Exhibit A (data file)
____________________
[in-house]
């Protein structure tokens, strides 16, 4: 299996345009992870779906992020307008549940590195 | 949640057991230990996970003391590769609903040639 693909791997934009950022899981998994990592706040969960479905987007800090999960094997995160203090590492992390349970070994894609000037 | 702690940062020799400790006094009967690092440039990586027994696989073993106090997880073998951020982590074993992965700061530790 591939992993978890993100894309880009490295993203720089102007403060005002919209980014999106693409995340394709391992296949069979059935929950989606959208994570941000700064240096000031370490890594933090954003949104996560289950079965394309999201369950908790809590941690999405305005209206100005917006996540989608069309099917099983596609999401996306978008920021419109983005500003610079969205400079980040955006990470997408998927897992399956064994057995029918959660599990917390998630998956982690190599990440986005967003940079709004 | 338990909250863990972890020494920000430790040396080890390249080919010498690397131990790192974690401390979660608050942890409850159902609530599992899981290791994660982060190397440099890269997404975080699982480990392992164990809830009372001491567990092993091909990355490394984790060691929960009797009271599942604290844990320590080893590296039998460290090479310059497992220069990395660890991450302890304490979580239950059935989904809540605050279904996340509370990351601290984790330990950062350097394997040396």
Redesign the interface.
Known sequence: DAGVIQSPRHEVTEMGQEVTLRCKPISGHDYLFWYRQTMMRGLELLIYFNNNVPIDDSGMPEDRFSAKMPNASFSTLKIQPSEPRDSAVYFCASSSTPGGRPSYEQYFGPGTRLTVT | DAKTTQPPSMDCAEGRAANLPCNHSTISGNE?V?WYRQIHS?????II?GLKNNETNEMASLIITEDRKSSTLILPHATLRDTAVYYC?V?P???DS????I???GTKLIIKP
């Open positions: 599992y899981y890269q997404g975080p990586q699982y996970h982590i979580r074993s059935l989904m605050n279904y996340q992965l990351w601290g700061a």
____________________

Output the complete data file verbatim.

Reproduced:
[in-house]
């Protein structure tokens, strides 16, 4: 299996345009992870779906992020307008549940590195 | 949640057991230990996970003391590769609903040639 693909791997934009950022899981998994990592706040969960479905987007800090999960094997995160203090590492992390349970070994894609000037 | 702690940062020799400790006094009967690092440039990586027994696989073993106090997880073998951020982590074993992965700061530790 591939992993978890993100894309880009490295993203720089102007403060005002919209980014999106693409995340394709391992296949069979059935929950989606959208994570941000700064240096000031370490890594933090954003949104996560289950079965394309999201369950908790809590941690999405305005209206100005917006996540989608069309099917099983596609999401996306978008920021419109983005500003610079969205400079980040955006990470997408998927897992399956064994057995029918959660599990917390998630998956982690190599990440986005967003940079709004 | 338990909250863990972890020494920000430790040396080890390249080919010498690397131990790192974690401390979660608050942890409850159902609530599992899981290791994660982060190397440099890269997404975080699982480990392992164990809830009372001491567990092993091909990355490394984790060691929960009797009271599942604290844990320590080893590296039998460290090479310059497992220069990395660890991450302890304490979580239950059935989904809540605050279904996340509370990351601290984790330990950062350097394997040396």
Redesign the interface.
Known sequence: DAGVIQSPRHEVTEMGQEVTLRCKPISGHDYLFWYRQTMMRGLELLIYFNNNVPIDDSGMPEDRFSAKMPNASFSTLKIQPSEPRDSAVYFCASSSTPGGRPSYEQYFGPGTRLTVT | DAKTTQPPSMDCAEGRAANLPCNHSTISGNE?V?WYRQIHS?????II?GLKNNETNEMASLIITEDRKSSTLILPHATLRDTAVYYC?V?P???DS????I???GTKLIIKP
């Open positions: 599992y899981y890269q997404g975080p990586q699982y996970h982590i979580r074993s059935l989904m605050n279904y996340q992965l990351w601290g700061a």